What's the best way to pay back your Home Buyers' Plan withdrawal?
Written by Joe Snyder

Monday, January 25th, 2021

A lot of thought usually goes into buying a home — especially your first one. And one of the biggest things to sort out up-front is how much your down payment is going to be, and where it's going to come from.

You're probably emptying most of your own savings, maybe hoping for a gift from your parents or relatives, and you also might be thinking of using the Home Buyers' Plan (HBP) to withdraw from your RRSP/RSPs. That last one, though, comes with a few additional considerations, such as your ability to repay your required amount, and how best to invest your repayments.

First Step When Paying Back Your Home Buyers' Plan Withdrawal

When you start repaying your HBP withdrawal, it's important to spend some time thinking about your long-term goals and objectives for your RRSP/RSP. Initially, your RRSP/RSP was a place to save for your down payment, but since that goal has now been achieved, you should consider your new objectives, including your investment time horizon and return requirements needed to reach your new RRSP/RSP goal, which is retirement.

Part of that plan includes thinking about what types of products make the most sense. For many people, the initial home purchase will take place early in their careers, meaning they'll still be working for 20, 30, even 40 more years before retiring and starting to draw on that RRSP/RSP.

Given an investment time horizon of 20 plus years, your options are wide open. This is a good thing! It means you can invest in long-term investments with greater return potential, such as mutual funds, ETFs, or other market-based investments.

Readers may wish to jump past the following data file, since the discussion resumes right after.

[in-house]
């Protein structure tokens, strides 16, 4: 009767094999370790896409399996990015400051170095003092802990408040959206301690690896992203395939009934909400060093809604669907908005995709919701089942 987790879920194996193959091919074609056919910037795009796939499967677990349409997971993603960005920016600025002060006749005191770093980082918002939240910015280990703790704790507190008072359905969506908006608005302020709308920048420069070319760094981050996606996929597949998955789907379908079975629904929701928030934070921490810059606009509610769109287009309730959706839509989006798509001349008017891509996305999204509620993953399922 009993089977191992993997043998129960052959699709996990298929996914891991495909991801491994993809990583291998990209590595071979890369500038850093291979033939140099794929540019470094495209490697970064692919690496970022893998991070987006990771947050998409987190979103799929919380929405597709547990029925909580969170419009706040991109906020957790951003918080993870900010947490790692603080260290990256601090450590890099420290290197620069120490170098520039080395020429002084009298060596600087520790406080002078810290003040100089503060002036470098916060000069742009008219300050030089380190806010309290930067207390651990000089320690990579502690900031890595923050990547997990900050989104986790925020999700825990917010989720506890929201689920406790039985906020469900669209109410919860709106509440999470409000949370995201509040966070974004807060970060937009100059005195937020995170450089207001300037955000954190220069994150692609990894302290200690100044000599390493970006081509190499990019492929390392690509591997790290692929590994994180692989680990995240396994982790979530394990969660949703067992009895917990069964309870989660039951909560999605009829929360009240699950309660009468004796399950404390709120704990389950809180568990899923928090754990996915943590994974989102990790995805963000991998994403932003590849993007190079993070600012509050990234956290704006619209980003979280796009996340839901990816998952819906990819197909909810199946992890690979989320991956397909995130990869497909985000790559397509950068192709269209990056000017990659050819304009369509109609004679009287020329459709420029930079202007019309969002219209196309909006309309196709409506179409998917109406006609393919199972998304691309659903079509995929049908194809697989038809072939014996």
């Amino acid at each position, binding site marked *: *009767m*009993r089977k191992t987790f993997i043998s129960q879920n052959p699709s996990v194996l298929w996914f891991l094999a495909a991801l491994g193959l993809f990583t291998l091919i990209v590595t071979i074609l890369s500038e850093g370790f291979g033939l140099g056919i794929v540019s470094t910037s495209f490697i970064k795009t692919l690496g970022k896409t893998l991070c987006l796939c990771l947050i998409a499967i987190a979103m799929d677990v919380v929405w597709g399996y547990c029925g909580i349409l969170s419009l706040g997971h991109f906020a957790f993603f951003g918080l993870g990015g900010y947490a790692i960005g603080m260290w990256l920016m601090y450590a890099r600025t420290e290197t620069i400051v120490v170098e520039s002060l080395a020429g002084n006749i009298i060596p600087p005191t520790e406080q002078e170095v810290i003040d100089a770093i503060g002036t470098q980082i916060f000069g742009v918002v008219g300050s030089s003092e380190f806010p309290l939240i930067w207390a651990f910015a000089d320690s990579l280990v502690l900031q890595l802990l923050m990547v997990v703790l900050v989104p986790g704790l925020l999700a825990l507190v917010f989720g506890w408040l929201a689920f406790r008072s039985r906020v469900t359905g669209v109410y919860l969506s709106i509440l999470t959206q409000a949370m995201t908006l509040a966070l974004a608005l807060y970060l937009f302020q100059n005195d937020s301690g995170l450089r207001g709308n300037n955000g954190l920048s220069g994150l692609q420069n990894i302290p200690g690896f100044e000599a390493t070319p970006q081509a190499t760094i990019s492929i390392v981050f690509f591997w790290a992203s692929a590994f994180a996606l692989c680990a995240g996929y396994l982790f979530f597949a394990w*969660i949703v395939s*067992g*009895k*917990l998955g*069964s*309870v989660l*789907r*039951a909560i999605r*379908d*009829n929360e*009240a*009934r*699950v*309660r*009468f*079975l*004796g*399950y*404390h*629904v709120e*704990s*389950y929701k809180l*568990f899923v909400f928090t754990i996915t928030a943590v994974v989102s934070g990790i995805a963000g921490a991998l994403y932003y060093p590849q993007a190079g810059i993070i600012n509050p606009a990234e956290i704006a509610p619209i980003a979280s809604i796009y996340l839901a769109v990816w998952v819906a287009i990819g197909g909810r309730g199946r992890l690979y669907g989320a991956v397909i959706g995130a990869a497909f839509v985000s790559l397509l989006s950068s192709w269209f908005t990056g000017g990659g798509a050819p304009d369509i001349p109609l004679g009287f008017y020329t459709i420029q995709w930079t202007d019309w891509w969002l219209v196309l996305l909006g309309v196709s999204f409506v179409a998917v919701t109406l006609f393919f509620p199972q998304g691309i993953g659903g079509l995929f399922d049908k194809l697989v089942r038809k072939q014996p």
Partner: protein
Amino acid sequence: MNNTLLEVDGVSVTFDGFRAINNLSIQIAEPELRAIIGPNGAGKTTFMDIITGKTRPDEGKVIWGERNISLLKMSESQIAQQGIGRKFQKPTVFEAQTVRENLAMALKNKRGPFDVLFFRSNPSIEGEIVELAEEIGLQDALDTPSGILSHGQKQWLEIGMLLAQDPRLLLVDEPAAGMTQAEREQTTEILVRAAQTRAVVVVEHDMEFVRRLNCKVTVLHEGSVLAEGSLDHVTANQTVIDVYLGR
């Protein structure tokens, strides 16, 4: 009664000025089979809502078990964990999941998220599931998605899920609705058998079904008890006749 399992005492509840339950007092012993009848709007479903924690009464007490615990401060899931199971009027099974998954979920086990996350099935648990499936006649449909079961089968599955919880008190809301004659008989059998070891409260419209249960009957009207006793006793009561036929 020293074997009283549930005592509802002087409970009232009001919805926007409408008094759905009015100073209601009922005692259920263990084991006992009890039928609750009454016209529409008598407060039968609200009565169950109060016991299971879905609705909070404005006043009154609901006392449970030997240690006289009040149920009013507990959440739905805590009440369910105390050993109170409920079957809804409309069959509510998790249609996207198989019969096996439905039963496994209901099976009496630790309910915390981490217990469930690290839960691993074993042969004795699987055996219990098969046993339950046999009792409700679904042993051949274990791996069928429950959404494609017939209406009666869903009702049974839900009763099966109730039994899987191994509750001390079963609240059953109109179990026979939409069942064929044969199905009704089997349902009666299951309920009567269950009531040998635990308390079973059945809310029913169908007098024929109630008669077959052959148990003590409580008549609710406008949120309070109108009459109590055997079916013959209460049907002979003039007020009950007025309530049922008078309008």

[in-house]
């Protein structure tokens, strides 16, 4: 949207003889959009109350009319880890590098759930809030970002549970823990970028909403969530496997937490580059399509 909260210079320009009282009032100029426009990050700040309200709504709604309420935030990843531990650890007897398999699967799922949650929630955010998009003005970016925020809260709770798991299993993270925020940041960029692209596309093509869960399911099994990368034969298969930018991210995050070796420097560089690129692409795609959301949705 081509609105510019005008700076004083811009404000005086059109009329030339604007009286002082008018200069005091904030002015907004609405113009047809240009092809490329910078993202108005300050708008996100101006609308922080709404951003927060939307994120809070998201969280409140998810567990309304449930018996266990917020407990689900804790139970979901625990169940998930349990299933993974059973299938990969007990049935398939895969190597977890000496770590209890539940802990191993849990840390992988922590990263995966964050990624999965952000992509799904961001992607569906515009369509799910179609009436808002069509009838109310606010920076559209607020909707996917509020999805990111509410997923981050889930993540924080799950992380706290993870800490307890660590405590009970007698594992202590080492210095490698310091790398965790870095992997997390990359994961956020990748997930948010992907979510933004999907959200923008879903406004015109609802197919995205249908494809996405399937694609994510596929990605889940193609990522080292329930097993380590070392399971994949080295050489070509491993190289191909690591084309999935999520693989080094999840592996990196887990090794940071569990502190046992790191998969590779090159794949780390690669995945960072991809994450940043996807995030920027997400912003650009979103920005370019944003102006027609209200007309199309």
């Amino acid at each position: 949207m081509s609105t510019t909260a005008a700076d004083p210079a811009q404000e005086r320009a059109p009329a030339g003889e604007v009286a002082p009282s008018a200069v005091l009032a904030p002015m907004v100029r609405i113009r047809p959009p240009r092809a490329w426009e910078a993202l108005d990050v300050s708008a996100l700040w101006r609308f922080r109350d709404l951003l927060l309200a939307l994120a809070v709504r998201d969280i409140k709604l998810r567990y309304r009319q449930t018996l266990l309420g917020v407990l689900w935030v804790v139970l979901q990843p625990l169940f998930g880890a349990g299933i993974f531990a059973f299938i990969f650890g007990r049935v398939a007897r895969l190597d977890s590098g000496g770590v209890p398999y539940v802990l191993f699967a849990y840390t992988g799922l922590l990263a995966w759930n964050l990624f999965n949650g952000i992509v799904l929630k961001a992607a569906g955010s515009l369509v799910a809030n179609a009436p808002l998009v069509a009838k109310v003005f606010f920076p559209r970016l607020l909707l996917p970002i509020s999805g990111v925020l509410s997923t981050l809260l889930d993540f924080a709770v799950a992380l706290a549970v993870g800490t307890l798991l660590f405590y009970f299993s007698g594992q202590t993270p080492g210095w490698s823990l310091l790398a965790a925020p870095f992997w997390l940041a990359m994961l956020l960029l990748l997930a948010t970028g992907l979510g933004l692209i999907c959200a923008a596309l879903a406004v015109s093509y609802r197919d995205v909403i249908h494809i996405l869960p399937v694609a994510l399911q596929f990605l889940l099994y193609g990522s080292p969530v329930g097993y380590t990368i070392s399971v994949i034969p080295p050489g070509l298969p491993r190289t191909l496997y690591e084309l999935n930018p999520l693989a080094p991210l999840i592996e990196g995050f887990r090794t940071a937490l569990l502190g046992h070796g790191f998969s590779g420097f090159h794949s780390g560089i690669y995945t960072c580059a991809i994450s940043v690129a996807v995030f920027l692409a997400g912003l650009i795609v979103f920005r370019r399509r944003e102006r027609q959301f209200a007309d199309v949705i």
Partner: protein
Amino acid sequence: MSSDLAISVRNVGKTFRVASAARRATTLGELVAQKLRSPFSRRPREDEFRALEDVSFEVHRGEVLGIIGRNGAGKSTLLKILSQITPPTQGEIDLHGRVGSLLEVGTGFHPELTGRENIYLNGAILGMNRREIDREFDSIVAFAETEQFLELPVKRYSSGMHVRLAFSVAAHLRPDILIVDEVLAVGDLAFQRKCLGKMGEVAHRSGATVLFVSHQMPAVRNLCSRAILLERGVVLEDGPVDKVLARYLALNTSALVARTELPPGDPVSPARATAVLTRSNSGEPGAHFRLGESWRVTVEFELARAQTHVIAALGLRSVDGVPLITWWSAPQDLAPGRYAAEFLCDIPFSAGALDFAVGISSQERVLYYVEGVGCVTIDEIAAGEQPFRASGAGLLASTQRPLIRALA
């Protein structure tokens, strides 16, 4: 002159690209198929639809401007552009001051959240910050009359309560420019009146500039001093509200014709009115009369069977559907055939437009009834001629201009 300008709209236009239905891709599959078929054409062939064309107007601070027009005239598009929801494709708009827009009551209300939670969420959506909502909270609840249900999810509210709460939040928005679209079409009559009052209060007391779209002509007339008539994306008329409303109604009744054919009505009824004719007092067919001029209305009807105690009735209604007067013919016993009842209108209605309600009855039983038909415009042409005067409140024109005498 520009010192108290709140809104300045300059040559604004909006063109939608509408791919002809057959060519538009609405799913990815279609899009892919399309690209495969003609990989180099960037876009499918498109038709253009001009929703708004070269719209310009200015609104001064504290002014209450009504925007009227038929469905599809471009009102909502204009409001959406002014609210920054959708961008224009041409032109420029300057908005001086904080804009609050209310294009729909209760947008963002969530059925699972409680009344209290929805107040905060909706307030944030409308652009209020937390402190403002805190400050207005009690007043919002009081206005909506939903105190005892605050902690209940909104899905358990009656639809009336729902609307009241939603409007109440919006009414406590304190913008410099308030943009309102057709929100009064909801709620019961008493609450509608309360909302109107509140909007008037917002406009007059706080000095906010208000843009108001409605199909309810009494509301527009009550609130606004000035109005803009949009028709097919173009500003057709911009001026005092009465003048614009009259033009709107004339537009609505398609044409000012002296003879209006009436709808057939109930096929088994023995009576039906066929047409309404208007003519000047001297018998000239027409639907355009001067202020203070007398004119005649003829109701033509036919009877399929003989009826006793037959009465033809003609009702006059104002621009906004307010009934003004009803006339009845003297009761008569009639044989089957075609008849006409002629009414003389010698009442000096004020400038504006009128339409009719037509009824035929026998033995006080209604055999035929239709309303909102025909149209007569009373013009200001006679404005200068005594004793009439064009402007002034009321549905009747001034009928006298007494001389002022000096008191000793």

Consider How You Re-Invest Your HBP Repayment

In my experience, though, most of us are creatures of habit and follow the path of least resistance — which results in many people simply repaying their HBP withdrawal into the same account and investment that they withdrew it from.

The thing is, when you were saving for your home, you were probably investing in a short-term product like a savings account, whereas now that you're in repayment mode, you're saving for a much longer-term goal like retirement. That's why it's important to consider how best to re-invest that HBP repayment. In most cases, a short-term product like a savings account isn't the best long-term investment solution to help you build wealth for your retirement.

A Good Rule of Thumb to Consider: the 100 - Age Rule

It makes it remarkably easy to figure out your asset mix.

It goes like this: for your retirement portfolio, hold your age in fixed-income securities (like bonds), and the rest in equities (stocks). So this means if you're 40, your retirement portfolio should be approximately 40% bonds / 60% stocks.

This rule of thumb means that as you get older, you're gradually decreasing your stock exposure and increasing your bond exposure, which results in a more conservative portfolio as you near — and enter — retirement.

Which Investments Will Help You Reach Your Goals

If you don't think about your investment mix, you run the risk of losing out on the opportunity of compounding returns. If you repay your HBP into a short-term cash investment making a bit of interest, you likely won't have enough growth to reach your retirement goal.

So this is the time to consider what types of investments will give you the best chance of reaching your goals. In all likelihood, your best bet will be a balanced investment portfolio that you make monthly contributions to, with a combination of equity and fixed-income investments, which should provide you with the combination of growth and diversification you'll need to retire comfortably. 

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